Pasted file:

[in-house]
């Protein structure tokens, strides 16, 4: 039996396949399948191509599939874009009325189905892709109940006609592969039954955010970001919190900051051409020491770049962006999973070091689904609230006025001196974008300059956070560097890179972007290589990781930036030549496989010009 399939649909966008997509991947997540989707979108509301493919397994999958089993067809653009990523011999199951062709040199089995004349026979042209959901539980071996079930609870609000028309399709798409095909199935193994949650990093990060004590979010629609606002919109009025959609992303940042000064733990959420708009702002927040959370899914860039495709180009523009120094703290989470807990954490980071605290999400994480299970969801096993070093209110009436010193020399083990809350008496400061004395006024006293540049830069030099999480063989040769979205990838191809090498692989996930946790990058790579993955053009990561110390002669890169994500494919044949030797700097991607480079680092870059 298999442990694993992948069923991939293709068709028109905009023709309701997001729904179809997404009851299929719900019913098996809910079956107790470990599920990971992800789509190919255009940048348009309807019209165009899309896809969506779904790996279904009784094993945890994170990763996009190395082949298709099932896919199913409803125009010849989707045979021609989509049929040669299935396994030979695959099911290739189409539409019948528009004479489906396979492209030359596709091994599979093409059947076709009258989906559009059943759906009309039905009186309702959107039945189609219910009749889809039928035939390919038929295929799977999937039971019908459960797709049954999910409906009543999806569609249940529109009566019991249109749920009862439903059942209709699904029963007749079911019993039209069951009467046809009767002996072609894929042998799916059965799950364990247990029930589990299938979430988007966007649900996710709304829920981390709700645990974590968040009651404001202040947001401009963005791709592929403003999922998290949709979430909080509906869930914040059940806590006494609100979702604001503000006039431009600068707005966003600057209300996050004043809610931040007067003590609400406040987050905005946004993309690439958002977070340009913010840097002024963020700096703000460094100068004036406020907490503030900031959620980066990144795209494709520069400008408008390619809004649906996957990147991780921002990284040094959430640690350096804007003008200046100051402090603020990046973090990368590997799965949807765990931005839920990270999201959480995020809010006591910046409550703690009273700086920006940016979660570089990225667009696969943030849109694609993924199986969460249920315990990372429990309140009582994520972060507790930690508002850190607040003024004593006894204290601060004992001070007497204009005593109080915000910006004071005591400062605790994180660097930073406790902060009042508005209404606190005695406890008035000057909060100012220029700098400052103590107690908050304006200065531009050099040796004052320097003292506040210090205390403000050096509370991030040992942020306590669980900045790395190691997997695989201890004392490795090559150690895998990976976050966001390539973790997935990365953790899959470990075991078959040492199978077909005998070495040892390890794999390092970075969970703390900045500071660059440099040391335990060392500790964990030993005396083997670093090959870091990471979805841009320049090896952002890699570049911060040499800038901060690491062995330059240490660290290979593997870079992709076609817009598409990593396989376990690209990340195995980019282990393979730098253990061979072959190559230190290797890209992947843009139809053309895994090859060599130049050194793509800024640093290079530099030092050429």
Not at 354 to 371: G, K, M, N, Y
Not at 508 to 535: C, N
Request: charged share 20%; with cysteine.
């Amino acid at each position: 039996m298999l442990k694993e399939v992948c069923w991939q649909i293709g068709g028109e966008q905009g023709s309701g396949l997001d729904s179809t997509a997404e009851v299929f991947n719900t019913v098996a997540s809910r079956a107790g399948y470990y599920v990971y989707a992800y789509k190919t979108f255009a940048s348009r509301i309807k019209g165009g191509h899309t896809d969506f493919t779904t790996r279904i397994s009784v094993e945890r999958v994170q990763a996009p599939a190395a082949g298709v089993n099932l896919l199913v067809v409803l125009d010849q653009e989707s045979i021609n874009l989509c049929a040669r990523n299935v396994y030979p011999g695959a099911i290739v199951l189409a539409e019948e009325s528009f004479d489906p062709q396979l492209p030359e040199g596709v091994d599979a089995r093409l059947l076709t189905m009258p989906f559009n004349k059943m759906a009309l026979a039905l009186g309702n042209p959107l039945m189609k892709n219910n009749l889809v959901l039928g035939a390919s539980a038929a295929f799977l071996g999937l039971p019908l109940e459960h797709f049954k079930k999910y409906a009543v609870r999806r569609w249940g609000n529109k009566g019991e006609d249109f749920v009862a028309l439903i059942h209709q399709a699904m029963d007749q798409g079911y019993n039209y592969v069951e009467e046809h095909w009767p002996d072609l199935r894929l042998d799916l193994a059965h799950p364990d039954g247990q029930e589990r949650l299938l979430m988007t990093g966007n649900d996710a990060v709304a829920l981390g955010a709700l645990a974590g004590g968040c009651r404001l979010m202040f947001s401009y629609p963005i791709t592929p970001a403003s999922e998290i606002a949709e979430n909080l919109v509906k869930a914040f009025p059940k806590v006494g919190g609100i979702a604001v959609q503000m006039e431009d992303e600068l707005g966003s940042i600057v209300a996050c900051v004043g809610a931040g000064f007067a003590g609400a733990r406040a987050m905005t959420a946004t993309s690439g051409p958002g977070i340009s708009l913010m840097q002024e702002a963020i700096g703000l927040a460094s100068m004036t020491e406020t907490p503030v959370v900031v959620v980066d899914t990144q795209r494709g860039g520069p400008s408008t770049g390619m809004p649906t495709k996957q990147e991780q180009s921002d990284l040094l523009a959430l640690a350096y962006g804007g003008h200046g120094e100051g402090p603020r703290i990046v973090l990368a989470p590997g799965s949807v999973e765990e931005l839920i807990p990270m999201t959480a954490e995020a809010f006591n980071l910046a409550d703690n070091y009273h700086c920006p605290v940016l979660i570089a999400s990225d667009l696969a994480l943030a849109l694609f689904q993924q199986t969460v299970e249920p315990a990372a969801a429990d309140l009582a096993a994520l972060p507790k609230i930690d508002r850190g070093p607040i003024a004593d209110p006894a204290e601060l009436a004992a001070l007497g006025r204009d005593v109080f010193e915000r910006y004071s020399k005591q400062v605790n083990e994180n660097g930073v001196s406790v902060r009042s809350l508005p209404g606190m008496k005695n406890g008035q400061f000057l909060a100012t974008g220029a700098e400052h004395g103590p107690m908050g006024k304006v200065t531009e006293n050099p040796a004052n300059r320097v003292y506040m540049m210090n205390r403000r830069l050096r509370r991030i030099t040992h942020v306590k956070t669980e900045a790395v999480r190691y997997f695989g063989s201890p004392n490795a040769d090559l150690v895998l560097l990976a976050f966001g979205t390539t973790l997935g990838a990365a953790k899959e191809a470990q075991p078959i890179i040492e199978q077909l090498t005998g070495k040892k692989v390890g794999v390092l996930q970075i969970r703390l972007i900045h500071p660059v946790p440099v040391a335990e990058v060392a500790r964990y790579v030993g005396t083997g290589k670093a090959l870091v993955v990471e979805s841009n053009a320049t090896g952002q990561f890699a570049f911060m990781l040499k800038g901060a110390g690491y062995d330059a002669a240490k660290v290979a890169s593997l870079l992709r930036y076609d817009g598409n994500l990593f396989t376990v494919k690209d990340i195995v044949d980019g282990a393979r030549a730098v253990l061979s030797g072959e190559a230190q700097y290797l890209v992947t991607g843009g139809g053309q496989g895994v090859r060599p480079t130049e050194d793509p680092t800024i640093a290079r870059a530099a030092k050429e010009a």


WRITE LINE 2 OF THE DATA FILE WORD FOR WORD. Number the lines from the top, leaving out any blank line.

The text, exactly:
């Protein structure tokens, strides 16, 4: 039996396949399948191509599939874009009325189905892709109940006609592969039954955010970001919190900051051409020491770049962006999973070091689904609230006025001196974008300059956070560097890179972007290589990781930036030549496989010009 399939649909966008997509991947997540989707979108509301493919397994999958089993067809653009990523011999199951062709040199089995004349026979042209959901539980071996079930609870609000028309399709798409095909199935193994949650990093990060004590979010629609606002919109009025959609992303940042000064733990959420708009702002927040959370899914860039495709180009523009120094703290989470807990954490980071605290999400994480299970969801096993070093209110009436010193020399083990809350008496400061004395006024006293540049830069030099999480063989040769979205990838191809090498692989996930946790990058790579993955053009990561110390002669890169994500494919044949030797700097991607480079680092870059 298999442990694993992948069923991939293709068709028109905009023709309701997001729904179809997404009851299929719900019913098996809910079956107790470990599920990971992800789509190919255009940048348009309807019209165009899309896809969506779904790996279904009784094993945890994170990763996009190395082949298709099932896919199913409803125009010849989707045979021609989509049929040669299935396994030979695959099911290739189409539409019948528009004479489906396979492209030359596709091994599979093409059947076709009258989906559009059943759906009309039905009186309702959107039945189609219910009749889809039928035939390919038929295929799977999937039971019908459960797709049954999910409906009543999806569609249940529109009566019991249109749920009862439903059942209709699904029963007749079911019993039209069951009467046809009767002996072609894929042998799916059965799950364990247990029930589990299938979430988007966007649900996710709304829920981390709700645990974590968040009651404001202040947001401009963005791709592929403003999922998290949709979430909080509906869930914040059940806590006494609100979702604001503000006039431009600068707005966003600057209300996050004043809610931040007067003590609400406040987050905005946004993309690439958002977070340009913010840097002024963020700096703000460094100068004036406020907490503030900031959620980066990144795209494709520069400008408008390619809004649906996957990147991780921002990284040094959430640690350096804007003008200046100051402090603020990046973090990368590997799965949807765990931005839920990270999201959480995020809010006591910046409550703690009273700086920006940016979660570089990225667009696969943030849109694609993924199986969460249920315990990372429990309140009582994520972060507790930690508002850190607040003024004593006894204290601060004992001070007497204009005593109080915000910006004071005591400062605790994180660097930073406790902060009042508005209404606190005695406890008035000057909060100012220029700098400052103590107690908050304006200065531009050099040796004052320097003292506040210090205390403000050096509370991030040992942020306590669980900045790395190691997997695989201890004392490795090559150690895998990976976050966001390539973790997935990365953790899959470990075991078959040492199978077909005998070495040892390890794999390092970075969970703390900045500071660059440099040391335990060392500790964990030993005396083997670093090959870091990471979805841009320049090896952002890699570049911060040499800038901060690491062995330059240490660290290979593997870079992709076609817009598409990593396989376990690209990340195995980019282990393979730098253990061979072959190559230190290797890209992947843009139809053309895994090859060599130049050194793509800024640093290079530099030092050429």